Ballast resistance values are tested by disconnecting one or both of the wires connected to the resistor, setting the V-O-M (analog device like a Simpson 260 or Tripplett 630) to the R x 1 setting, shorting the rest lesds together, zero the instrument to show zero (0) ohms (usually full scale), unless it's an digital auto ranging instrument, then connect the rest leads to the resistor then read the resistance in ohms directly. When measuring resistance, no external voltage is applied to the device being tested.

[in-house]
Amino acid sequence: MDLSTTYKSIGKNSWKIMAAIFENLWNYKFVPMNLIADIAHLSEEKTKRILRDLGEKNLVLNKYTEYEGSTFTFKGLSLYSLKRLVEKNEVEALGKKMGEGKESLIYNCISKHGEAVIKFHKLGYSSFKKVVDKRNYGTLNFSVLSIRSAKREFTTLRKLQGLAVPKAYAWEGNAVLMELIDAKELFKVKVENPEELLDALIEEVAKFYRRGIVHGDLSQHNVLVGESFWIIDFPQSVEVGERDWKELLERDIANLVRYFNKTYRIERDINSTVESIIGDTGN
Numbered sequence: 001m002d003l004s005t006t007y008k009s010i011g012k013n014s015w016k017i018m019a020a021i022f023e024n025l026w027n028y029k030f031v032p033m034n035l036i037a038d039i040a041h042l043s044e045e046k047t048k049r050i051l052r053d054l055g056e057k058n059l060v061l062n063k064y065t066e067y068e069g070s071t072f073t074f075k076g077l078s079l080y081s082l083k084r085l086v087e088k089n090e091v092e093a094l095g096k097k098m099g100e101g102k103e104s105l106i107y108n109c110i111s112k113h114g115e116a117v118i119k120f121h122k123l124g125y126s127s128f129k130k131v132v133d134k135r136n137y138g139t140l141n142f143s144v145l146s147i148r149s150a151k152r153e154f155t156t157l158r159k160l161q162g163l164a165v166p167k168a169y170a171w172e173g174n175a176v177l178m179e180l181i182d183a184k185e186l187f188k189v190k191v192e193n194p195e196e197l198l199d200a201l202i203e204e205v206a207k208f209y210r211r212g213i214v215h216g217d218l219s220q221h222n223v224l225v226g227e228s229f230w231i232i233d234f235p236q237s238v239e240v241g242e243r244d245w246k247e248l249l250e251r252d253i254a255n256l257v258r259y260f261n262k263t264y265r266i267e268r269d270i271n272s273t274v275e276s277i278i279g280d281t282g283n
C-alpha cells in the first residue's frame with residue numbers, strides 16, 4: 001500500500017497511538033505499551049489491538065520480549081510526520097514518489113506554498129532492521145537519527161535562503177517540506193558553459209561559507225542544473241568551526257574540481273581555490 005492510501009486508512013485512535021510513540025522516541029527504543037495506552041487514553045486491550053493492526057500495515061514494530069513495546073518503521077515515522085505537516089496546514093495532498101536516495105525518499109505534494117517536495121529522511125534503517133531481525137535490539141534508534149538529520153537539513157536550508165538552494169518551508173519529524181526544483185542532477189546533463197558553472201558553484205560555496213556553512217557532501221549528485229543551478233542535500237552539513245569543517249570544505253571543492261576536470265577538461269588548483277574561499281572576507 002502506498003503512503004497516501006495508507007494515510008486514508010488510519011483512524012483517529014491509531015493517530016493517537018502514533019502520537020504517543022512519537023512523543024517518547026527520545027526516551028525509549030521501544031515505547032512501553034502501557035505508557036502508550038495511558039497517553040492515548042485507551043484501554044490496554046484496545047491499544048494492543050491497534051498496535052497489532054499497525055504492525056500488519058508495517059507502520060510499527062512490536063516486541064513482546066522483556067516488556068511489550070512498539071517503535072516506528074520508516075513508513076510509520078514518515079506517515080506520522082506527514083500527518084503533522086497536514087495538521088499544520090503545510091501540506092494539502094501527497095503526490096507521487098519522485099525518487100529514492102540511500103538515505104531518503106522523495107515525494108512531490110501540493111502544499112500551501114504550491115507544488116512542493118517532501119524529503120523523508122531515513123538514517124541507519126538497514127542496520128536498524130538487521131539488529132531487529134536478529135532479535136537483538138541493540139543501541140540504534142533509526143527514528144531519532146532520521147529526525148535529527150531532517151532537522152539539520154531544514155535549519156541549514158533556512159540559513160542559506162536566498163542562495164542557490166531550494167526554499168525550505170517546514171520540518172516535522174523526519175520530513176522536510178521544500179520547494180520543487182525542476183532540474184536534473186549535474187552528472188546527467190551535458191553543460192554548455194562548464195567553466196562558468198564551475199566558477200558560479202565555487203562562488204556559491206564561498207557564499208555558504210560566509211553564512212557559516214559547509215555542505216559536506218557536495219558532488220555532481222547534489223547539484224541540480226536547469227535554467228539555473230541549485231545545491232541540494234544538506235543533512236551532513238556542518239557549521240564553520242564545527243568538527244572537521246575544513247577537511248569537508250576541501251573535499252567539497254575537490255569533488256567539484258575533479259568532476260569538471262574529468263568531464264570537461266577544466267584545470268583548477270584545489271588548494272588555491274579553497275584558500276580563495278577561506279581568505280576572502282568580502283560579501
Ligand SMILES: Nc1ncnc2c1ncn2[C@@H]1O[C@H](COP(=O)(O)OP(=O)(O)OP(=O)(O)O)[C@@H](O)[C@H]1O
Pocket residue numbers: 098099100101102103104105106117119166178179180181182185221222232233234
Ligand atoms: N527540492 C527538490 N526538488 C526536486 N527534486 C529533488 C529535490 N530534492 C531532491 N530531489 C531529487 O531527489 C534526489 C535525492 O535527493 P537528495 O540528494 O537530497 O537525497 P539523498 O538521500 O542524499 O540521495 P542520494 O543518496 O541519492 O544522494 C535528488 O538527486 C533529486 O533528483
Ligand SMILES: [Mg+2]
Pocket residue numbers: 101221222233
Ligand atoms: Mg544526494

3 1/2 or 4 1/2 digits digital auto ranging devices are extremely accurate a relatively inexpensive...like Harbor Freight's offering at less than $ 10.00.
I have never had a ballast resistor short, thus applying the full 12 volts to the coil at all times. I have had them open, start and die or not start at all. You actually need a pretty good meter to read tenths of ohms. Checking for voltage drop is easy, check on both sides of the resistor(s) to chassis ground under all evolutions. Key off, key on, starting, running.